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“We must understand are past well enough to value it and yet also well enough to know why and how it must be changed. Architecture is not just the reinforcement of existing values; social, political and economical. On the contrary it should open new doors to new aspirations. ” [Charles Correa (1985), ‘The New Landscape’] The antiquity of this megalopolis dates back to the third century BCE when the Magadhan Empire had its widespread from Afghanistan in North to Kerala in South. After the fall of Magadhan Empire, these islands came under the rule of several Hindu and Buddhist rulers.
The dominance of Hinduism and Buddhism left the islands with few Buddhist monks and a dark ethnic group called Kolis, who travelled from the nearby landmass of Aparanta (Western Border). In 1348 CE, these islands were under the governance of Gujrat Sultanate. In the early 16th century, due to the increasing power of Mughals under the leadership of Humayun, Sultan Bahadur Shah of Gujrat was compelled to sign the Treaty of Bassein with Portuguese rulers of Goa. In this treaty, the swamp of 7 islands, the town of Bassein and its neighbourhood dependencies were taken over by the Portuguese Governance. The Portuguese were constantly involved in promoting their Roman Catholic religious orders in Bombaim.
The islands were leased to several Portuguese commanders during their regime. The British were in ceaseless tussle with the Portuguese contesting for authority over Bombay. By the mid-17th century the marriage treaty of Charles II of England and Catherine of Braganza, placed Bombay in possession of the British Empire, as a part of dowry of Catherine to Charles. Eventually the British parliament handed over this archipelago to the British East India Company for an annual rent of 10 Pounds, as it was difficult to govern oversea. In 1668, British recognized the calm backwaters and a deep draft around these islands, which could be a potential site for a port, Bombay flourished as a trade hub but it lacked the infrastructure as that of Surat. Construction of the fort began in 1715 and was completed in 1745 and this marked the rise of mighty British Empire.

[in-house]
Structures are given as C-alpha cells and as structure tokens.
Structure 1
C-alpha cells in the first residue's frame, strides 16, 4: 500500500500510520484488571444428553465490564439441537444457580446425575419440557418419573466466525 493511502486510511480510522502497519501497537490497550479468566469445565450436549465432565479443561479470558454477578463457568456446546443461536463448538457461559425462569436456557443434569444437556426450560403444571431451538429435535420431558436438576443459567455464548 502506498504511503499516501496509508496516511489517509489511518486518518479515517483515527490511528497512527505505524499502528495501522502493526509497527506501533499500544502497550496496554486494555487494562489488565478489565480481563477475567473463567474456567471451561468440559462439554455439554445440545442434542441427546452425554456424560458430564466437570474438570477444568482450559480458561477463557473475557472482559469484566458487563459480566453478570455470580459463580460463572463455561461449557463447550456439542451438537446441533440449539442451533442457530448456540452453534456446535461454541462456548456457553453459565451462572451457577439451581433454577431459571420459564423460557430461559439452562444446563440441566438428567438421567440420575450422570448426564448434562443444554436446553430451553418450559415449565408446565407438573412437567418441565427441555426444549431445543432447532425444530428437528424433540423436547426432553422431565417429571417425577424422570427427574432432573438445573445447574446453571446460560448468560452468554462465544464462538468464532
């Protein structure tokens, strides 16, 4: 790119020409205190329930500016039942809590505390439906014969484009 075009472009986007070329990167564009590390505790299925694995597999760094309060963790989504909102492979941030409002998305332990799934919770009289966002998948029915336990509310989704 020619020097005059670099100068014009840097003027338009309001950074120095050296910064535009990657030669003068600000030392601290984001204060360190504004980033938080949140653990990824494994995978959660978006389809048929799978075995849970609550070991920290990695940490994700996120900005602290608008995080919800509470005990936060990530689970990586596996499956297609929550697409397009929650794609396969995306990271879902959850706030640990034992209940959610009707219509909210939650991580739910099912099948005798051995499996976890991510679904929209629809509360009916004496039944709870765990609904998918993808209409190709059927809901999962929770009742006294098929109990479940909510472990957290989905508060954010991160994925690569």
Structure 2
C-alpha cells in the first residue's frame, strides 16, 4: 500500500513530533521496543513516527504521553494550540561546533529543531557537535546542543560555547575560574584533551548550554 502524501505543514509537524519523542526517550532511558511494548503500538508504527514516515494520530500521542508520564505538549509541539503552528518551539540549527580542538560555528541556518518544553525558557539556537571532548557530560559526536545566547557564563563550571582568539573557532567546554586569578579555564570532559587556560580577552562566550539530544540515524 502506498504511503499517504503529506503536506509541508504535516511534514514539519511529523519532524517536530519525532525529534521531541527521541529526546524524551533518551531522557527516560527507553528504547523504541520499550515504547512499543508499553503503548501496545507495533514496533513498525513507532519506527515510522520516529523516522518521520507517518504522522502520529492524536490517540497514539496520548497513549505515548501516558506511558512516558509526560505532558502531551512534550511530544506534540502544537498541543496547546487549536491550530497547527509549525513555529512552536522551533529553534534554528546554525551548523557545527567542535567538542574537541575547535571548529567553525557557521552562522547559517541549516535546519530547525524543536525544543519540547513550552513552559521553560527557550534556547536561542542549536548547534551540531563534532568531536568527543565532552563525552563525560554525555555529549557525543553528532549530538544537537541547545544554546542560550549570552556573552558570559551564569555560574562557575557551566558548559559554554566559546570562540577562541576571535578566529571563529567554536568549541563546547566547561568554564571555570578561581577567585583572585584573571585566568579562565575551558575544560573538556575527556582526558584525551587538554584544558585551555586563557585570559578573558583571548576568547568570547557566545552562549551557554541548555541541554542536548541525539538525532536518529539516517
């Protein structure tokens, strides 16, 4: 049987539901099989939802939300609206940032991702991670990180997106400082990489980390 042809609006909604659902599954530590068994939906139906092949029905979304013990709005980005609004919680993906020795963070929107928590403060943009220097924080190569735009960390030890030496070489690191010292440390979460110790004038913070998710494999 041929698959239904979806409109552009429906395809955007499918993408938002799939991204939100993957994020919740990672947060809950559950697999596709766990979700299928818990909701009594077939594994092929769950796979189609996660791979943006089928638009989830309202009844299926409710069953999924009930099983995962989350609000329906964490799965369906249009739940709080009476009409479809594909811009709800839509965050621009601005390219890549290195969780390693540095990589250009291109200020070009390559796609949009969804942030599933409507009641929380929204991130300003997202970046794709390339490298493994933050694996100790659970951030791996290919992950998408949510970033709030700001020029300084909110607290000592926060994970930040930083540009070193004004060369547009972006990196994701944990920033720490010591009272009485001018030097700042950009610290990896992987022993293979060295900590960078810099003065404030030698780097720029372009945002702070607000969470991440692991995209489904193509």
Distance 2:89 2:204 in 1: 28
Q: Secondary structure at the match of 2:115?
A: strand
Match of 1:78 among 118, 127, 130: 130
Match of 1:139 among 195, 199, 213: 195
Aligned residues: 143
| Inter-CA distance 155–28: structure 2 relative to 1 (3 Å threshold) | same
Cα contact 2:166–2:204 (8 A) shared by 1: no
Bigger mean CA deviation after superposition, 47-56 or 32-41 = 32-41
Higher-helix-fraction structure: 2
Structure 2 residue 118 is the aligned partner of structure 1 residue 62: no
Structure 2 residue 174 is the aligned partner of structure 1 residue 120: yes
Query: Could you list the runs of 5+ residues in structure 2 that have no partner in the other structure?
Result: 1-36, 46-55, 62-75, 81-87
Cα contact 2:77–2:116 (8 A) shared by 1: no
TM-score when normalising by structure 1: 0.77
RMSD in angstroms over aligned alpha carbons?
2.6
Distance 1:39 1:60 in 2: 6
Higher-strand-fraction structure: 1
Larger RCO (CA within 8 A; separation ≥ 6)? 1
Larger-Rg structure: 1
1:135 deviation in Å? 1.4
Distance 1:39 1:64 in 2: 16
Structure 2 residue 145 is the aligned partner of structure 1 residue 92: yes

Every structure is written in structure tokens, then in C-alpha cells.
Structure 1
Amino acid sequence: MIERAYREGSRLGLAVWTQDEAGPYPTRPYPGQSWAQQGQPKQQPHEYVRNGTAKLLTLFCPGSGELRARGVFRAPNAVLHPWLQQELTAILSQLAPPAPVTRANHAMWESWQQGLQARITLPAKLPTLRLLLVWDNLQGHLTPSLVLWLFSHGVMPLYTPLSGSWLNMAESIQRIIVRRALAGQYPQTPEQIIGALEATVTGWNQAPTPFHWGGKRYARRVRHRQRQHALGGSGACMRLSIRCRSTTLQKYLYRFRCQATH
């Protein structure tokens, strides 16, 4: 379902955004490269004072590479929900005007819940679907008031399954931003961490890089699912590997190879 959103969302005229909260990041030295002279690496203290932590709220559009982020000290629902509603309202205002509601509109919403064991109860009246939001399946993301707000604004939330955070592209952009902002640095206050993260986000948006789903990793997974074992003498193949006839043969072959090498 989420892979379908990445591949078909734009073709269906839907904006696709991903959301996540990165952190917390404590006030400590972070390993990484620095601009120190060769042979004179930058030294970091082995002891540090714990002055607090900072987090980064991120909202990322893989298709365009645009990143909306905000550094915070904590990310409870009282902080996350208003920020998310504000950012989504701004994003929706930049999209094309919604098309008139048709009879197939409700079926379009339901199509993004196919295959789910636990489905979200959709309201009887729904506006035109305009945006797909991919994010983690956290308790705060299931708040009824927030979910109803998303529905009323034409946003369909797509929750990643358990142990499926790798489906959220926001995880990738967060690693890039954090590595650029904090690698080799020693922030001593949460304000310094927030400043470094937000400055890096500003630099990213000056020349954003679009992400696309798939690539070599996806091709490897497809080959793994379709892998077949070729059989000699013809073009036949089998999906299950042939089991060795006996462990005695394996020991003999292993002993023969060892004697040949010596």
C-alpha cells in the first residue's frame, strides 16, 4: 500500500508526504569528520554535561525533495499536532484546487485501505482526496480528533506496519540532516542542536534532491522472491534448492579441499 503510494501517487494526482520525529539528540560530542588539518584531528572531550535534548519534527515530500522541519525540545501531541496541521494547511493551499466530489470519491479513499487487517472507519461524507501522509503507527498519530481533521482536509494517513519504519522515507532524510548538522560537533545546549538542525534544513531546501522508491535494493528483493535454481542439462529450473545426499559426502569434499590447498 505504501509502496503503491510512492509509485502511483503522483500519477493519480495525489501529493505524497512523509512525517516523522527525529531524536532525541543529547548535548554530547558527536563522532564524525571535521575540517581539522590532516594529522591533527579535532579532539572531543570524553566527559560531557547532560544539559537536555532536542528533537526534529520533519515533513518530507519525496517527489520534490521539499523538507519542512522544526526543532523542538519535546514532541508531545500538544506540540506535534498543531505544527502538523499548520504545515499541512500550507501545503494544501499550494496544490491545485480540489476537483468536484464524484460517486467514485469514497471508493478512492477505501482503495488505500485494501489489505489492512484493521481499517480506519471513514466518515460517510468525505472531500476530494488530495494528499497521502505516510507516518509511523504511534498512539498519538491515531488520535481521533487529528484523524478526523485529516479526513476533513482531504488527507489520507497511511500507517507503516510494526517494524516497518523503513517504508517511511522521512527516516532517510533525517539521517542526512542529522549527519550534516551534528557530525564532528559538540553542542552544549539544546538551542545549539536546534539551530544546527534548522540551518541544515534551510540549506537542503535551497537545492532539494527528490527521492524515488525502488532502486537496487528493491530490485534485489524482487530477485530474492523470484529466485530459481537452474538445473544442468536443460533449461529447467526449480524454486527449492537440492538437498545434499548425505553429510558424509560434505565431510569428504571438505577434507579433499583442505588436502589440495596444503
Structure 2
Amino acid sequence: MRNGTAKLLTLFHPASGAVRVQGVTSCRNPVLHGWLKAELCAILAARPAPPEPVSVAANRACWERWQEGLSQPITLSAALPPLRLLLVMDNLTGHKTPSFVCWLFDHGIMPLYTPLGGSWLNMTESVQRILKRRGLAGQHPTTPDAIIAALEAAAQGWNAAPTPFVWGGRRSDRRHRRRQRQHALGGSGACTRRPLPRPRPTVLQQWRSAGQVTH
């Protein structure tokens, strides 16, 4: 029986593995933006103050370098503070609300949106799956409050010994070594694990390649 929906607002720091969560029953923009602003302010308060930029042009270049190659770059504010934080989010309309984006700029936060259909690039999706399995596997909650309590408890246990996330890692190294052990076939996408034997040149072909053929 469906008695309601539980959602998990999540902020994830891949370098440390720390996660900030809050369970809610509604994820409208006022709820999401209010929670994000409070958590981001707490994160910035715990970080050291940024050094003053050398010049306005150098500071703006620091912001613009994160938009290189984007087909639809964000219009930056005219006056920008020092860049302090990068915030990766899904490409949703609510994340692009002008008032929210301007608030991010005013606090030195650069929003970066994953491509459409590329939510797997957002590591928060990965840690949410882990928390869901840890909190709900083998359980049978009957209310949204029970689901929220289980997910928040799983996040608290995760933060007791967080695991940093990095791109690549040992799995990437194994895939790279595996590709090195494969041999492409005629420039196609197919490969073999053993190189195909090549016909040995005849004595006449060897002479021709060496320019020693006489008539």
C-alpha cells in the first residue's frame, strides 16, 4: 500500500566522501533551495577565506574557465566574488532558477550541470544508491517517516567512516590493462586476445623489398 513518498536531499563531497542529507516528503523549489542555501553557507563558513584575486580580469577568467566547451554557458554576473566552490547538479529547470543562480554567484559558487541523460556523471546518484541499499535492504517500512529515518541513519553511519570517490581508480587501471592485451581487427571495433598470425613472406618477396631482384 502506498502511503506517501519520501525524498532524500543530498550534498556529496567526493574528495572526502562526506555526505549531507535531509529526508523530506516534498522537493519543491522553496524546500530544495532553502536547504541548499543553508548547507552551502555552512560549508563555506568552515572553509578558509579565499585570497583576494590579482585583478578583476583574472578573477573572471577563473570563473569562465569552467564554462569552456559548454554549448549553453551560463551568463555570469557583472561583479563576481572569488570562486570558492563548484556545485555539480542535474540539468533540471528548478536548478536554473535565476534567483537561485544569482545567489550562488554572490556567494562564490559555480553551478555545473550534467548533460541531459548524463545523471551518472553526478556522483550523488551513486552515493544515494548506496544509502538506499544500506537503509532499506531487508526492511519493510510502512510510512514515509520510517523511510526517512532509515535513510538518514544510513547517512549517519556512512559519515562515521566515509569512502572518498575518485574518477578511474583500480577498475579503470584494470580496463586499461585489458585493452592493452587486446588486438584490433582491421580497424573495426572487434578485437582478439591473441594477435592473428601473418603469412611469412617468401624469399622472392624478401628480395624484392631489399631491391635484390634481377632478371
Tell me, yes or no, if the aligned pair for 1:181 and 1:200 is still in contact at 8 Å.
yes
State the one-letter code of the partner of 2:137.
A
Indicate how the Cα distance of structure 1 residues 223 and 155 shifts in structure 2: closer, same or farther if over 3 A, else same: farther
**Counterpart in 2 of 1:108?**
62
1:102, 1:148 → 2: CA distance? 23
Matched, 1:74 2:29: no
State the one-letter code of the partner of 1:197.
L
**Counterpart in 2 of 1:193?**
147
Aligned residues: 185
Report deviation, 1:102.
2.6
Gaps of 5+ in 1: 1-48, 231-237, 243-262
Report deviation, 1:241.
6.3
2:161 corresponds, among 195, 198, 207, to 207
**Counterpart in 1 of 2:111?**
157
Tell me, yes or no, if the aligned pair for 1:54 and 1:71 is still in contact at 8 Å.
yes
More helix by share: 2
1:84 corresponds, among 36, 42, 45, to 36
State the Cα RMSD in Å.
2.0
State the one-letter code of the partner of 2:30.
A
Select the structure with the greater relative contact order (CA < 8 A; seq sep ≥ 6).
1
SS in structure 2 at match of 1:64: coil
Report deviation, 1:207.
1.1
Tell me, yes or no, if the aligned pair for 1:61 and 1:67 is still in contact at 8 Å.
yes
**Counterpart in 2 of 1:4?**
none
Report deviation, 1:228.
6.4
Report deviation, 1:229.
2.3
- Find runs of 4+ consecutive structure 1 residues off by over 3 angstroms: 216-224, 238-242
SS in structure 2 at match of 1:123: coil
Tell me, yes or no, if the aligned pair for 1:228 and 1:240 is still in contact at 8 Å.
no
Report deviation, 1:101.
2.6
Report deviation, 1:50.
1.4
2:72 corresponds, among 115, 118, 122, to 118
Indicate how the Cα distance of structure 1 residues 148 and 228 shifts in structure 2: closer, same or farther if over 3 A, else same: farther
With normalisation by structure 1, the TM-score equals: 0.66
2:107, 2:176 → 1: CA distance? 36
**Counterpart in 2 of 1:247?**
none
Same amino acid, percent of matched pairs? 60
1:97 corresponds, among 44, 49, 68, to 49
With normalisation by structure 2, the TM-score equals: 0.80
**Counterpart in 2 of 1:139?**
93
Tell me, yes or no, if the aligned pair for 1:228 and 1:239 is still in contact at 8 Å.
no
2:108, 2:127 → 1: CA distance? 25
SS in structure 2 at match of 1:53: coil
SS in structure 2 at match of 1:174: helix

To improve the infrastructure and to attract the manufacturers, connection of these 7 islands commenced via construction of causeways and reclamation of land. With a rise in prosperity and growing political power following the 1817 victory over the Marathas, the British East India Company embarked upon reclamations and large scale engineering works in Bombay. The span of six decades from 1784 with commencement of Hornby Vellard project to the amalgamation of 7 islands into a landmass in 1845 was marked as a period of rise in population, as labours from Andhra and central India migrated to complete the manual job of construction. Incoming merchants and landlord from Gujrat formed a sect of manufacturers in this upcoming city. In 1782, William Hornby, Governor of princely state of Bombay, started the first reclamation project to construct a causeway connecting 2 islands which gave rise to subsequent reclamation projects. Construction of Mahim causeway was the first illegal construction of Asia, where William Hornby without the grant of British Parliament constructed the causeway for personal sake.
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